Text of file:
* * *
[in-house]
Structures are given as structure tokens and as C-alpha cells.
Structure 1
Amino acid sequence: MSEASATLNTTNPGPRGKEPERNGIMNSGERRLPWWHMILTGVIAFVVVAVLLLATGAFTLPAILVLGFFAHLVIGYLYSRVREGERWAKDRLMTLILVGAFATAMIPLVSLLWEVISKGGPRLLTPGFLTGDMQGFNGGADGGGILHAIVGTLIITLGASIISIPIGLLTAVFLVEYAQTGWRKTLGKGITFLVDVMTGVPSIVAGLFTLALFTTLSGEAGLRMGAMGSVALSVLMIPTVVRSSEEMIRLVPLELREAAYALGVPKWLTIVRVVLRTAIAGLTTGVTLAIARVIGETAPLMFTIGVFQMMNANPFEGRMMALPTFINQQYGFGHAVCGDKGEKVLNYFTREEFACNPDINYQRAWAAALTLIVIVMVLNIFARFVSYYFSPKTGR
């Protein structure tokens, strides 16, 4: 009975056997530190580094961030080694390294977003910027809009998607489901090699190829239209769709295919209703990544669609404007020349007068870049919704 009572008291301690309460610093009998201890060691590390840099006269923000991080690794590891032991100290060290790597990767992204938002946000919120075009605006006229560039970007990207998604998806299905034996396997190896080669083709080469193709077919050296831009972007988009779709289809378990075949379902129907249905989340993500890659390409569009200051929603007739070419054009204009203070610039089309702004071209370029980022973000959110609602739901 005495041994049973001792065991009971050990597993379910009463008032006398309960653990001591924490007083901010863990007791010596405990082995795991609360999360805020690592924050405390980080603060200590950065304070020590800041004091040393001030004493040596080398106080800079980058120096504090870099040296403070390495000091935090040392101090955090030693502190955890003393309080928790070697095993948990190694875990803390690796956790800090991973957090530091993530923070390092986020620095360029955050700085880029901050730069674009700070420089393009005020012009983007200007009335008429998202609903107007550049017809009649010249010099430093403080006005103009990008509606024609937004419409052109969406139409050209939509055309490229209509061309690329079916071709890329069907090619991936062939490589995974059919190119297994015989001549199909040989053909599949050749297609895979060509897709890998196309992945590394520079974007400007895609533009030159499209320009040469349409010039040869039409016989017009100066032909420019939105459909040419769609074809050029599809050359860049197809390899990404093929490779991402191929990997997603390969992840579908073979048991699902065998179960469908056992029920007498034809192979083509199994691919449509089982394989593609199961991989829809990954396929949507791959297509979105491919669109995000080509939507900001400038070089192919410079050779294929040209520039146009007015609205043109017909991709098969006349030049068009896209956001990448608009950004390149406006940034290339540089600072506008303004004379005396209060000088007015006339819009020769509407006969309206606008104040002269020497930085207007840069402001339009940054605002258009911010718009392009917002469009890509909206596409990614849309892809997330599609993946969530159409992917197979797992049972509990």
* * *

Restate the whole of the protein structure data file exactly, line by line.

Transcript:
[in-house]
Structures are given as structure tokens and as C-alpha cells.
Structure 1
Amino acid sequence: MSEASATLNTTNPGPRGKEPERNGIMNSGERRLPWWHMILTGVIAFVVVAVLLLATGAFTLPAILVLGFFAHLVIGYLYSRVREGERWAKDRLMTLILVGAFATAMIPLVSLLWEVISKGGPRLLTPGFLTGDMQGFNGGADGGGILHAIVGTLIITLGASIISIPIGLLTAVFLVEYAQTGWRKTLGKGITFLVDVMTGVPSIVAGLFTLALFTTLSGEAGLRMGAMGSVALSVLMIPTVVRSSEEMIRLVPLELREAAYALGVPKWLTIVRVVLRTAIAGLTTGVTLAIARVIGETAPLMFTIGVFQMMNANPFEGRMMALPTFINQQYGFGHAVCGDKGEKVLNYFTREEFACNPDINYQRAWAAALTLIVIVMVLNIFARFVSYYFSPKTGR
């Protein structure tokens, strides 16, 4: 009975056997530190580094961030080694390294977003910027809009998607489901090699190829239209769709295919209703990544669609404007020349007068870049919704 009572008291301690309460610093009998201890060691590390840099006269923000991080690794590891032991100290060290790597990767992204938002946000919120075009605006006229560039970007990207998604998806299905034996396997190896080669083709080469193709077919050296831009972007988009779709289809378990075949379902129907249905989340993500890659390409569009200051929603007739070419054009204009203070610039089309702004071209370029980022973000959110609602739901 005495041994049973001792065991009971050990597993379910009463008032006398309960653990001591924490007083901010863990007791010596405990082995795991609360999360805020690592924050405390980080603060200590950065304070020590800041004091040393001030004493040596080398106080800079980058120096504090870099040296403070390495000091935090040392101090955090030693502190955890003393309080928790070697095993948990190694875990803390690796956790800090991973957090530091993530923070390092986020620095360029955050700085880029901050730069674009700070420089393009005020012009983007200007009335008429998202609903107007550049017809009649010249010099430093403080006005103009990008509606024609937004419409052109969406139409050209939509055309490229209509061309690329079916071709890329069907090619991936062939490589995974059919190119297994015989001549199909040989053909599949050749297609895979060509897709890998196309992945590394520079974007400007895609533009030159499209320009040469349409010039040869039409016989017009100066032909420019939105459909040419769609074809050029599809050359860049197809390899990404093929490779991402191929990997997603390969992840579908073979048991699902065998179960469908056992029920007498034809192979083509199994691919449509089982394989593609199961991989829809990954396929949507791959297509979105491919669109995000080509939507900001400038070089192919410079050779294929040209520039146009007015609205043109017909991709098969006349030049068009896209956001990448608009950004390149406006940034290339540089600072506008303004004379005396209060000088007015006339819009020769509407006969309206606008104040002269020497930085207007840069402001339009940054605002258009911010718009392009917002469009890509909206596409990614849309892809997330599609993946969530159409992917197979797992049972509990």